Analyzing Keywords

If you followed the steps in How to Choose Profitable Keywords for Writing on Infobarrel Part One, you should have chosen a niche or two and generated a list of keywords. Your job now is to go through those keywords and decide which ones are worth pursuing. You need to consider how many searches a keyword gets, what its click through rate will be, what each click will be worth, and how tough the competition is. This might seem like a lot, but once you get used to doing this for all of your articles it will become second nature. More of your articles will become profitable without you needing to write as much.

Search Volume

The first thing you want to do is to consider the search volume. Unfortunately, search estimates are notorious for being inaccurate. In fact, Google has recently slashed the number of searches it is displaying in its tool to improve accuracy. So you will sometimes find that articles that you think will get tons of visits are rarely seen and some articles are surprise hits.

A lot of people have formulas for the number of searches that they want to see before they'll go after a keyword. This number might be 100 exact matches a day or at least 1000 phrase matches a month. I don't have a hard and fast rule for a couple of different reasons. One reason is that I often write reviews about new products or seasonal items. If you wait for a new product to be showing up with good numbers in the keyword research tools, you've missed the boat and possibly a lot of sales or clicks. If you are writing seasonal articles you can look at Google trends to see how often the term was searched for last season, but it is hard to predict how it will do this year.

Another reason why I don't have one rule about the number of keywords is that I know that different keywords will require a different amount of work and will provide me with a different income. If I see that a keyword will be hard to rank for and I'll need to spend several hours backlinking it, I want it to get thousands of searches a month to be worth my time. If there isn't much competition and I can rank easily, it might be worth my time to write an article around a phrase that only gets 100 searches a month. In addition to the work that will be needed, I think about the money it will bring in. If each click will average a dollar or more, I don't need a lot of traffic to make it worth my while. For articles that only give me a dime per click, I'll need a lot of searchers to make a profit.

Are There Advertisers?

Now you should have a list of keywords that you are interested in pursuing. We have a couple of more steps that we need to take to make sure that there will be plenty of Adsense advertisers for each term. This way we won't be stuck displaying public service ads on our articles.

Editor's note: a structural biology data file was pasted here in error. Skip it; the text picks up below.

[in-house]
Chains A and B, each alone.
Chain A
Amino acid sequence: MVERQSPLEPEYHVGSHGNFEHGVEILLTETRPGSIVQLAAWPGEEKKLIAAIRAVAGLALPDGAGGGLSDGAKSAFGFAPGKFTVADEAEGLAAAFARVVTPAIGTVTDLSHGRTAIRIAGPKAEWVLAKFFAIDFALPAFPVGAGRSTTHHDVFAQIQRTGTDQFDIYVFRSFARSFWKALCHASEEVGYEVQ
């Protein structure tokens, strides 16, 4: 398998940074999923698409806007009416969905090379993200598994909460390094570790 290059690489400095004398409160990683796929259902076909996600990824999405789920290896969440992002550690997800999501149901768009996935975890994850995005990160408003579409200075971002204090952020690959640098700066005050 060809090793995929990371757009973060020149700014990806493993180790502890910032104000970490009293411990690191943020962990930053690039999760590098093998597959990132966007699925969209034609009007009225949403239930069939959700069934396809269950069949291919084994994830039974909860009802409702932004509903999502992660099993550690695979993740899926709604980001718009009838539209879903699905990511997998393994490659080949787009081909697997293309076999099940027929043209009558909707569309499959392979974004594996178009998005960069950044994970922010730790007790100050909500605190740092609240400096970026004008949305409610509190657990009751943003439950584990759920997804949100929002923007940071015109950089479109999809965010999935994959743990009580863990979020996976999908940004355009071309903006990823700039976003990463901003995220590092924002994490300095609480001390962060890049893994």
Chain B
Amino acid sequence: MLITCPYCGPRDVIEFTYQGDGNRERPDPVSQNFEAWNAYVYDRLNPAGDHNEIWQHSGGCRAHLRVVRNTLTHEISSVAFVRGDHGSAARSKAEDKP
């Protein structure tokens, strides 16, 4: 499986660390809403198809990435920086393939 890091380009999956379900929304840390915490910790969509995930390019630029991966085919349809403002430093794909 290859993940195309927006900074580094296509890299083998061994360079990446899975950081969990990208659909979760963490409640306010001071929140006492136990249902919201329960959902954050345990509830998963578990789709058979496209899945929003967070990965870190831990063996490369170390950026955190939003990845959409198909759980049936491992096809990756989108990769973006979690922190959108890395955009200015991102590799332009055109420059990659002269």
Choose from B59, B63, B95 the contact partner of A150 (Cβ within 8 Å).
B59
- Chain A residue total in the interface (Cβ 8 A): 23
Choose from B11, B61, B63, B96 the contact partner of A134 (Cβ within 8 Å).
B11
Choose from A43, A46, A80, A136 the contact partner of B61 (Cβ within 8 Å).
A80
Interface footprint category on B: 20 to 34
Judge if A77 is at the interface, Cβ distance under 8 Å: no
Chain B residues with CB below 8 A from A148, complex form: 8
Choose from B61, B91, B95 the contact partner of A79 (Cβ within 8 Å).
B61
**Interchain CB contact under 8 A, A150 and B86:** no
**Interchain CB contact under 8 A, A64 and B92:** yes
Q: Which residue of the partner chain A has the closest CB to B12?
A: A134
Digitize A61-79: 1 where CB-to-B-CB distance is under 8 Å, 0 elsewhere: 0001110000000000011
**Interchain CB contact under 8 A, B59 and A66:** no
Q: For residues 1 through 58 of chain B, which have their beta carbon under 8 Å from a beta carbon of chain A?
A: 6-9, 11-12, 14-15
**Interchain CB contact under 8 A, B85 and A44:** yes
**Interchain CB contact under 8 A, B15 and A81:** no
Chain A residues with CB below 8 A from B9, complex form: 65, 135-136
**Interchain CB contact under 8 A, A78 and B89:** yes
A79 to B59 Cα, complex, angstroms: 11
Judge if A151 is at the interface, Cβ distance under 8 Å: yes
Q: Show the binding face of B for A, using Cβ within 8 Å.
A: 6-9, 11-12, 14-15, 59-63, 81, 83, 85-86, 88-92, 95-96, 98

All you have to do is go to Google, type in your phrase, and hit enter. If you have AdBlocker installed in your browser, be sure to disable this first. For example, type in Canon digital cameras in the Google search engine and you will see that there are lot of ads displayed. So we know that our articles would have a lot of relevant ads next to them that people would want to click on. Long-tail keywords which may be phrases that are four to six words long often won't have as many ads in the search, but as long as you also have the main keyword phrase in your writing you'll still trigger the main ads. Just make sure that it will be a match for your searcher's interests.

What kind of phrases don't have a lot of advertisers? Things like philosophy, literature, religion, and the like often have few ads. Let's look at the phrase postmodern literature. According to the SEO Book keyword tool, this gets over 300 searches a day, but I don't see a single ad displayed when I do a search on Google. So if you write a wonderful article on this topic and get it ranked, you'll probably have plenty of views but very few clicks.

How Much Do Clicks Pay?

Another thing we should consider in our quest for profitable keywords is how much each click will pay us. Now, you won't be able to determine this completely, but you can get a general idea. As a basic rule, if the service or product will cost a lot, the click will reflect that. So topics such as insurance, credit cards, and trendy health topics will be the highest paying.

We're going to analyze a few keywords on a website called Now, this tool is for people who are planning on using Adwords to advertise and not for people who are hoping to make money through Adsense. Because of this, you are seeing the number that they would have to pay and not how much money you would get per click. You may be seeing only half this number or even less. But it is still helpful because you'll be able to compare keywords and see which ones are the most profitable.

Type in the word or phrase and it will show you the cost per click range and the number of advertisers. For example, right now credit cards show a range of $0.92 - $15.28. So these keywords would be profitable if we could rank for them. Compare that with cat trees, which has a range of $0.42 - $1.11. Still a decent range, but not as high. Then we look at fantasy novel, which has only five advertisers who pay an average of $0.25 - $0.53.

Search Network Vs Content Network

I want to make one last note in this section. The tools we are looking at give us a good idea of the advertisers for the search network. That is, the advertisers who pop up when you do a search in Google. Here at InfoBarrel, we are part of the Content Network. Advertisers often pay less for their ads displayed on webpages than they do for the search. So keep this in mind when you are trying to determine how much you will be paid per click.

So you have a list of profitable keywords that you are ready to write articles about. But you need to do one more thing, and that is to check the strength of the competition. That will be covered in part 3.